• http://bansheeweaver.blogspot.com Christine Dorman / @looneyfilberts

      Brian,

      Thank you for all of the points you shared, but I am especially glad that you said # 3.
      It’s something that I’ve never seen brought up (maybe I haven’t been paying close enough attention). Over and over I see people touting self-publishing as a way to make more of a profit on a book. As I haven’t published yet–either self or traditional route–I can’t speak from experience, only from what I’ve seen. I have investigated a number of self-publishing sites and, although an author may get paid a considerably higher royalty than if he / she had published traditionally, a royalty is not the whole financial equation. What I’ve seen in my research is that, if I want to turn out an excellent product, then I need to invest a great deal of money into the publishing, marketing and distributing. Taking that cost into consideration, the cost per book, as you pointed out, is quite high, higher than I would want to charge in regards to ethics and in regards to being competitive. So what if you get 50% royalty per book as opposed to 15% if you: a) are not selling many books, b) are selling books for much less than they cost to produce or c) the quality of their physical design is shameful? These are the things that have come to my mind as I have explored self-publishing. People have shouted to the world about how high a royalty Amazon pays, yet the books are often being sold for 2.99 or even .99. Until your comment, I hadn’t seen anyone bring up the fact that that is maybe not such a great thing. If you have the money and all you care about is getting your book published and hopefully read, then maybe it’s fine, but from a business standpoint, self-publishing is not necessarily the best route.

  • http://merceyvalley.blogspot.com/ Mercey Valley

    I definitely hang in there for quality. It’s comforting to know it’s still in demand!
    All these points are valid and it’s encouraging to have them addressed. Thank you, as ever.

  • http://www.jancline.net Jan Cline

    Hi Rachelle,
    I agree with most of what you said. I think the wheels of change in publishing are not on the fast track yet. But at conferences we hear the urgency from publishers and agents.

    I hear from self-published authors that they are very happy with their experience. But most of them are publishing non-fiction and many self-publish their books to support their speaking/ministry. I hate thinking of it as a “last resort”, but writers don’t often know what to do with the manuscript that has been rejected multiple times for a variety of reasons – even after rewrites. In my mind there has to be options. I’m still fighting the urge to Self pub – hanging on to the hope of traditional publishing.
    Great post as always.
    Jan

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  • http://www.pamkumpe.com Pam Kumpe

    At a gospel concert I covered for the newspaper (I’m a correspondent writer and weekly columnist) the emcee asked if I wanted to share about my latest book during the break. This is the 4th book I’ve self-published, however, a part of me said no since the venue belonged to another.
    But the not-so quiet part of me, who knows I must market, screamed yes, yes, yes. So during intermission I sold books and the next day, I received an email from a man who had been given a copy. Apparently, a woman handed him the book as he left the building.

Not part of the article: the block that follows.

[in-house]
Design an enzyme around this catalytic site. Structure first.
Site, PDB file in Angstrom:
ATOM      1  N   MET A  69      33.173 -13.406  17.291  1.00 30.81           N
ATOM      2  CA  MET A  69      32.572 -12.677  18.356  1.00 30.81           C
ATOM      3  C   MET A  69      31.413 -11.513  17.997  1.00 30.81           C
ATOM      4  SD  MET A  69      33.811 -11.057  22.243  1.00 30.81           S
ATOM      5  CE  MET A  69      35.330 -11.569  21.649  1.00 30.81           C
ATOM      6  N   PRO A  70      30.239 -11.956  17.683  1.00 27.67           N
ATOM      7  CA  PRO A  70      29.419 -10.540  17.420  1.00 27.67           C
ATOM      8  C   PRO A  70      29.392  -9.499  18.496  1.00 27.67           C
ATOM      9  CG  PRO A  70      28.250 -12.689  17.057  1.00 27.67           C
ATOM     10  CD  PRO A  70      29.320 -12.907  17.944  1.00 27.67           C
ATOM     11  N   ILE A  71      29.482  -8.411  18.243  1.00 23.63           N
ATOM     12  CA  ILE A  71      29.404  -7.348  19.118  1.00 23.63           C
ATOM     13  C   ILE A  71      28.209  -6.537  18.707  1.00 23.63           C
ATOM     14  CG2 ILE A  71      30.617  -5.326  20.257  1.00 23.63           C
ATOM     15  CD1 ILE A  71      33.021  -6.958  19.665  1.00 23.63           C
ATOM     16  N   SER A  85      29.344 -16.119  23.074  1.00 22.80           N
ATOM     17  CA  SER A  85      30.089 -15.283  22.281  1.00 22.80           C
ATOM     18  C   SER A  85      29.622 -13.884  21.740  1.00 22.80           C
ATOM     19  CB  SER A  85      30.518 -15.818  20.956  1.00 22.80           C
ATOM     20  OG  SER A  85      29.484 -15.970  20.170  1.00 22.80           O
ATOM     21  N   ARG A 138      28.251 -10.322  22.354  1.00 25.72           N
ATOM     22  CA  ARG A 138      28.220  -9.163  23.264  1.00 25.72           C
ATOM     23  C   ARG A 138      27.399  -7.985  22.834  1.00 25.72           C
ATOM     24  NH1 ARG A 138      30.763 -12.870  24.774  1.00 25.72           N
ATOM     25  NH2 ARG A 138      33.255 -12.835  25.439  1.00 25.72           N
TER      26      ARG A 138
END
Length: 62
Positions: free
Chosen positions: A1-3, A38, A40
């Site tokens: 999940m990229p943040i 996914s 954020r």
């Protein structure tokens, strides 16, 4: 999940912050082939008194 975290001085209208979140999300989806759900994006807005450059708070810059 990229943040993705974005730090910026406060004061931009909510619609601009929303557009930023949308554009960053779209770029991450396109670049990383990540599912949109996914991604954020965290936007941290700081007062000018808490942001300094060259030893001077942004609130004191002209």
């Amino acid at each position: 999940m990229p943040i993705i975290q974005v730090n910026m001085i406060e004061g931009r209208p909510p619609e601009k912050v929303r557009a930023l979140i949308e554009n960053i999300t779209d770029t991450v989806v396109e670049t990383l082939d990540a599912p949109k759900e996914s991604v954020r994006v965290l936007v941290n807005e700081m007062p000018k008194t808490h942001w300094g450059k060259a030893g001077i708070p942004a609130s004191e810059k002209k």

He started reading the book in the morning and when he turned to page 29 of the book, he began to cry as he realized he’d never given his heart to the Lord, although he attends church. He stopped reading and prayed right then. As I read his email, my tears wet my cheeks, and a rejoicing, much like a concert burst in my heart. And yes, my toes tapped with joy.
    For every penny (lots) that I’ve invested in self-publishing during the past five years, for every editor I’ve hired, for every ISBN # I’ve purchased, for the endless nights spent with hubby discussing cover designs (he’s a photographer and we are still married in spite of my changing my mind again and again), and for every chance to share Jesus in print – when someone becomes a Christian, I know why I consider all options that are set before me.
    To write for a traditional publisher is a real pursuit, one I long to be a part of. However, for me, to make the most of every day (Psalm 118:24, this is the day the Lord has made), I’m compelled to write when not speaking, when not volunteering at a recovery center on Sundays, when not attending church with the homeless, when not hugging my schnauzer.
    God invites me. He invites you, to be a part of His day, an honor I hold dear to my heart. And when someone gives his heart to Jesus, well, this puts wind in my tiny sail. Yes, I’m simply a tugboat for God, motoring through the harbor of life one book at a time.

    • http://www.jancline.net Jan Cline

      Amen!

  • http://indianawonderer.wordpress.com KarenM

    Wonderful post, Rachelle. Giving us sound perspective in a sea of uncertainty.

    I wonder if perhaps some of these “truths” have been fielded by authors frustrated by rejection or the lethargic speed projects tend to take en route to publication. Perception, for so many, is reality. Thus the need for your fantastic blog–to help keep our heads on straight while the tides of negativity ebb and flow around us.

  • http://davidatodd.com David Todd

    “I’m still observing that the majority of self-published authors are seeing modest success.”

    Absolutely true. However, I disagree that self-publishing is harder than breaking into trade publishing, which I believe a commenter suggested. They have exactly the same degree of difficulty. They just require the writer/author to learn different skills.

    Trade publishing: learn how to write queries and proposals
    Self-publishing: learn how to format a book for e-publishing and print publishing (or hire it done)

    Trade publishing: polish your manuscript until it is as good as you can make it before submitting it to agent or editor; consider hiring a professional editor